What shall we ponder in the warm days of summer? We Canadians are particularly fond of this season. We are keenly aware of the need to seize the moment, to enjoy this day now, as a gift from God, for the season is short. Now is the time to seek fish, to leap into the ocean and to swim. Now is the time to bask in the sun and go to picnics.
Let us imagine a warm day over 2000 years ago, “in a region of Judea beyond the Jordan. (Matthew 19:1).” There is a group of people meeting outside, talking to each other. Perhaps it is a kind of large picnic. People of all ages are there, including children. There is joy in the air. One man in particular is attracting a lot of attention. The children are curious. Who is that man and why do all the grown-ups want to talk to him?
How beautiful are children? It is not necessarily easy to raise children, but suffice to say most parents would do anything to protect and help their children.
Can we ever experience joy the way we did when we were children?
The children at the picnic are curious about the man. They want to run to him, to get his attention. Maybe he will play with them. Maybe he will take time out from talking to all those grown-ups. They are talking about such serious things.
Children do not worry much. All that is needed for a full life is something good to eat and a chance to play. Smiles and laughter come so easily. Why wouldn’t they?
Adults know very well how complicated and dangerous life can be. Of course they are asking serious questions—they are concerned about the well-being of their families, about the laws of God, about the future. How shall we live this complicated life, this life where accident, disease, poverty and war are capable of terminating anyone’s life—even the life of a child—without a moment’s notice? The man who is the center of attention seems to have something to say about everything.
The man’s friends are stern. They tell the children to go away, play somewhere else. They are not to bother the man who is the center of attention. But Jesus has something to say:
Let the little children come to me and do not hinder them, for to such belongs the kingdom of heaven. (Matthew 19:14). (ESV).
Here is the answer to the unanswerable questions about children who have lived short lives. To them belongs the kingdom of heaven.
R. T. France comments:
While it is the children themselves whom Jesus welcomes for their own sake, such also points beyond them to all those of whatever age whose acceptance of a childlike status makes them great in Jesus’ new value scale, where the insignificant and rejected—the sick, outcast, gentiles, women, children—achieve a new acceptance and importance. The Gospel According to Matthew, Tyndale New Testament Commentaries, Inter-Varsity Press, (Grand Rapids, Michigan: Eerdmans) 1985. Page 284.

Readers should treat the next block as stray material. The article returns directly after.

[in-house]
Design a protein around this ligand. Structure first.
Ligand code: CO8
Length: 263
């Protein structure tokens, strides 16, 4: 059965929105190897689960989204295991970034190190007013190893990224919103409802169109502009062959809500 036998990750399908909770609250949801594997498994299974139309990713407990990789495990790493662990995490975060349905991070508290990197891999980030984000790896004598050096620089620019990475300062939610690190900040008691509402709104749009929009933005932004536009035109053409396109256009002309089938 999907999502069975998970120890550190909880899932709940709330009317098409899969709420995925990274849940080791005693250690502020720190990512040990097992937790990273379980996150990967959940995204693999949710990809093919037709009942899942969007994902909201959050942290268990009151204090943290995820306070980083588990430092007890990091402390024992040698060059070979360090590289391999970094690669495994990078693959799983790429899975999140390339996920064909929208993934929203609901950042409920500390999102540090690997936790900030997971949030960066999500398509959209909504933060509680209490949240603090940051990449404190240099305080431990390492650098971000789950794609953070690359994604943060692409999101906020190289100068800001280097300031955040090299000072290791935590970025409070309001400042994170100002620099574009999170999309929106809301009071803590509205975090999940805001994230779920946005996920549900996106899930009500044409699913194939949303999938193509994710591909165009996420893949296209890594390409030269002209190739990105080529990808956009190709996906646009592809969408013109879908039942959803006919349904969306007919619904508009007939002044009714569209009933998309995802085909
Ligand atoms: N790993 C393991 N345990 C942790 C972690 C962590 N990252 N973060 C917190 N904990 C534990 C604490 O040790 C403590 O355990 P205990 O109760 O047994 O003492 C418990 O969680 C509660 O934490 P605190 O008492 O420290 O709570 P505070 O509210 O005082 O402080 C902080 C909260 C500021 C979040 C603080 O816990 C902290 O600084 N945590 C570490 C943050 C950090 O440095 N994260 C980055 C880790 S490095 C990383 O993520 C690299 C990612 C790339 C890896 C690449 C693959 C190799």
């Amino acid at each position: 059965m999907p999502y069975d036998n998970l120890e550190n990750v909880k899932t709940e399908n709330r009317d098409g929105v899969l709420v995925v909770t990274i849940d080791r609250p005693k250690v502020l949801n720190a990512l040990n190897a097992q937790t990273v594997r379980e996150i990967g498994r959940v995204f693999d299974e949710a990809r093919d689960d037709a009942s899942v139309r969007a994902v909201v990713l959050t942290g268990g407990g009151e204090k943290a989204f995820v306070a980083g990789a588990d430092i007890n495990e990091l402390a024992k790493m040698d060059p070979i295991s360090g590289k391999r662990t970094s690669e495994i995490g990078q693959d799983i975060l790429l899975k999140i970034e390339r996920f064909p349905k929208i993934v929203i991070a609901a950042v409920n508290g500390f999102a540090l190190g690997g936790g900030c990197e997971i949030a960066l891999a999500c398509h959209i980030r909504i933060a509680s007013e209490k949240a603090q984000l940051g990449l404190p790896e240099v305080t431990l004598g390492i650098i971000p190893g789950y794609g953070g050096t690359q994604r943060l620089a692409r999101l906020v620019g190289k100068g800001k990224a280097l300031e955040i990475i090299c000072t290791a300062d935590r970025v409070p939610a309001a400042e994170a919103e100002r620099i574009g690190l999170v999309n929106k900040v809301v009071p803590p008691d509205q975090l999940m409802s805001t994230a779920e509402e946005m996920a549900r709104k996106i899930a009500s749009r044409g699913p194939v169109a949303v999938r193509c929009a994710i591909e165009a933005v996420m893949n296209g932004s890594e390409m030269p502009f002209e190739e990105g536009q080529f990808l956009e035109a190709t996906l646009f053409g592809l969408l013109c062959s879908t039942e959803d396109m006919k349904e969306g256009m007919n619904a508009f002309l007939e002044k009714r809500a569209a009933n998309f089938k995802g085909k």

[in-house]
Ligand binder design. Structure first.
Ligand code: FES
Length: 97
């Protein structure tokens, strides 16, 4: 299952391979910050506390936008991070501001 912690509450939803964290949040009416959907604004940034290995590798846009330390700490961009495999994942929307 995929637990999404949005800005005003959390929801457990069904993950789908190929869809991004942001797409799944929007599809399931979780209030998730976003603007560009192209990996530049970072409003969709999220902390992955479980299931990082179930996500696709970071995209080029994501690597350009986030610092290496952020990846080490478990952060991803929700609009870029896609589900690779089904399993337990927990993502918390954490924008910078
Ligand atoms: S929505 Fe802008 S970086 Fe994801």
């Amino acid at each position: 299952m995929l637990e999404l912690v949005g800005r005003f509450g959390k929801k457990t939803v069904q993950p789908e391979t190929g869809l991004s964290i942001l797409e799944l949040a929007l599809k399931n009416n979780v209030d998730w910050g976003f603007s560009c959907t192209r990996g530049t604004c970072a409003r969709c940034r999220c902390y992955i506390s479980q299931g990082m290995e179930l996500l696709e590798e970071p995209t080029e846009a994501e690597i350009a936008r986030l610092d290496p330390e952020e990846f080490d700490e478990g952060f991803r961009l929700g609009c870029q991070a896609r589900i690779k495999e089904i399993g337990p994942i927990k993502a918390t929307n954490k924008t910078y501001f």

This is well-said and well-meant, but perhaps this author is making the same mistake as the disciples—by trying to expand the meaning of the verse, he is minimizing the profound significance of children. We are talking about real, literal children—the running, jumping, laughing kind. This verse belongs to them, or to re-state: the kingdom of heaven belongs to them.
John Calvin states:
Hence our Lord Jesus Christ, to give an example from which the world might learn that he had come to enlarge rather than to limit the grace of the Father, kindly takes the little children in his arms and rebukes his disciples for attempting to prevent them from coming (Matthew 19:13) because they were keeping those to whom the kingdom of heaven belonged away from him, through whom alone there is access to heaven. Institutes of the Christian Religion, trans. H. Beveridge, (Grand Rapids, Michigan: Eerdmans) 1989. (Book 4, Chap 16, p.533).
When pondering the great things of God, we are guided by Scripture, but must never presume to know the mind of God. When we think of salvation, we of course return to John 3:16:
For God so loved the world, that he gave his only Son, that whoever believes in him should not perish but have eternal life.
There is something frighteningly beautiful about this mystery. The sacrifice of God’s own son enables salvation for all of us. God the Father understands the pain of a parent who has lost a child. We are lost in mystery. Or perhaps it is better to say we are in mystery, but we are not lost.
Praise Father, Son and Holy Spirit, for all guidance and grace.
In faith and fellowship,
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